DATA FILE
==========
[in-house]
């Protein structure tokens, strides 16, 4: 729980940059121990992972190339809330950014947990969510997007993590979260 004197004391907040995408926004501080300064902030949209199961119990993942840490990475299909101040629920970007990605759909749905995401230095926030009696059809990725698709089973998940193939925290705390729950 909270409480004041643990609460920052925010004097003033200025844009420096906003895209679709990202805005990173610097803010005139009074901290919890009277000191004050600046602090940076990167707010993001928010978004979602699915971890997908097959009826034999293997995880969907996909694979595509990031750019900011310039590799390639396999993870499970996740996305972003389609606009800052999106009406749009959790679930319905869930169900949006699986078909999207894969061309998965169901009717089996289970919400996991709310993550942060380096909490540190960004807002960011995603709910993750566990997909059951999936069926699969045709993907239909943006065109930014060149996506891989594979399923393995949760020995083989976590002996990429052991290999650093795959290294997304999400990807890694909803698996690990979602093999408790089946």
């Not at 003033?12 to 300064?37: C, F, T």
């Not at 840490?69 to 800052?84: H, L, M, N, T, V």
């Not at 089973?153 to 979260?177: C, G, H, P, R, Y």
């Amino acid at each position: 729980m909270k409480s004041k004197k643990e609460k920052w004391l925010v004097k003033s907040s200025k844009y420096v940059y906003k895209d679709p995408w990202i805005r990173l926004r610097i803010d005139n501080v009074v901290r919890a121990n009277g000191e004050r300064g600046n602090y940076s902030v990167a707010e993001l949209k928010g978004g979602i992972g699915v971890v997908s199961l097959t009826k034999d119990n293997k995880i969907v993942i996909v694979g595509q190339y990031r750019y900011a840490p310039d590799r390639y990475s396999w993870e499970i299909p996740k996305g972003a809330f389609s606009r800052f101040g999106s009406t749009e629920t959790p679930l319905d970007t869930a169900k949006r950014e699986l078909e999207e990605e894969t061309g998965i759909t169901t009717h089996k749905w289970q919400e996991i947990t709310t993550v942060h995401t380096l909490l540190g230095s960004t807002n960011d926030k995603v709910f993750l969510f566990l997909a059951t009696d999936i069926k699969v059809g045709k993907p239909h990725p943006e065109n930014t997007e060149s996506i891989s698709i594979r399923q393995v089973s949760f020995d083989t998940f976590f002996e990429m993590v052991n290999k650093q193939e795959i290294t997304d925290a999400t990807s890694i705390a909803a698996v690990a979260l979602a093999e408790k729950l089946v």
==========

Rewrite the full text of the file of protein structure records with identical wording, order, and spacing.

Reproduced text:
[in-house]
């Protein structure tokens, strides 16, 4: 729980940059121990992972190339809330950014947990969510997007993590979260 004197004391907040995408926004501080300064902030949209199961119990993942840490990475299909101040629920970007990605759909749905995401230095926030009696059809990725698709089973998940193939925290705390729950 909270409480004041643990609460920052925010004097003033200025844009420096906003895209679709990202805005990173610097803010005139009074901290919890009277000191004050600046602090940076990167707010993001928010978004979602699915971890997908097959009826034999293997995880969907996909694979595509990031750019900011310039590799390639396999993870499970996740996305972003389609606009800052999106009406749009959790679930319905869930169900949006699986078909999207894969061309998965169901009717089996289970919400996991709310993550942060380096909490540190960004807002960011995603709910993750566990997909059951999936069926699969045709993907239909943006065109930014060149996506891989594979399923393995949760020995083989976590002996990429052991290999650093795959290294997304999400990807890694909803698996690990979602093999408790089946």
């Not at 003033?12 to 300064?37: C, F, T």
């Not at 840490?69 to 800052?84: H, L, M, N, T, V």
């Not at 089973?153 to 979260?177: C, G, H, P, R, Y």
């Amino acid at each position: 729980m909270k409480s004041k004197k643990e609460k920052w004391l925010v004097k003033s907040s200025k844009y420096v940059y906003k895209d679709p995408w990202i805005r990173l926004r610097i803010d005139n501080v009074v901290r919890a121990n009277g000191e004050r300064g600046n602090y940076s902030v990167a707010e993001l949209k928010g978004g979602i992972g699915v971890v997908s199961l097959t009826k034999d119990n293997k995880i969907v993942i996909v694979g595509q190339y990031r750019y900011a840490p310039d590799r390639y990475s396999w993870e499970i299909p996740k996305g972003a809330f389609s606009r800052f101040g999106s009406t749009e629920t959790p679930l319905d970007t869930a169900k949006r950014e699986l078909e999207e990605e894969t061309g998965i759909t169901t009717h089996k749905w289970q919400e996991i947990t709310t993550v942060h995401t380096l909490l540190g230095s960004t807002n960011d926030k995603v709910f993750l969510f566990l997909a059951t009696d999936i069926k699969v059809g045709k993907p239909h990725p943006e065109n930014t997007e060149s996506i891989s698709i594979r399923q393995v089973s949760f020995d083989t998940f976590f002996e990429m993590v052991n290999k650093q193939e795959i290294t997304d925290a999400t990807s890694i705390a909803a698996v690990a979260l979602a093999e408790k729950l089946v």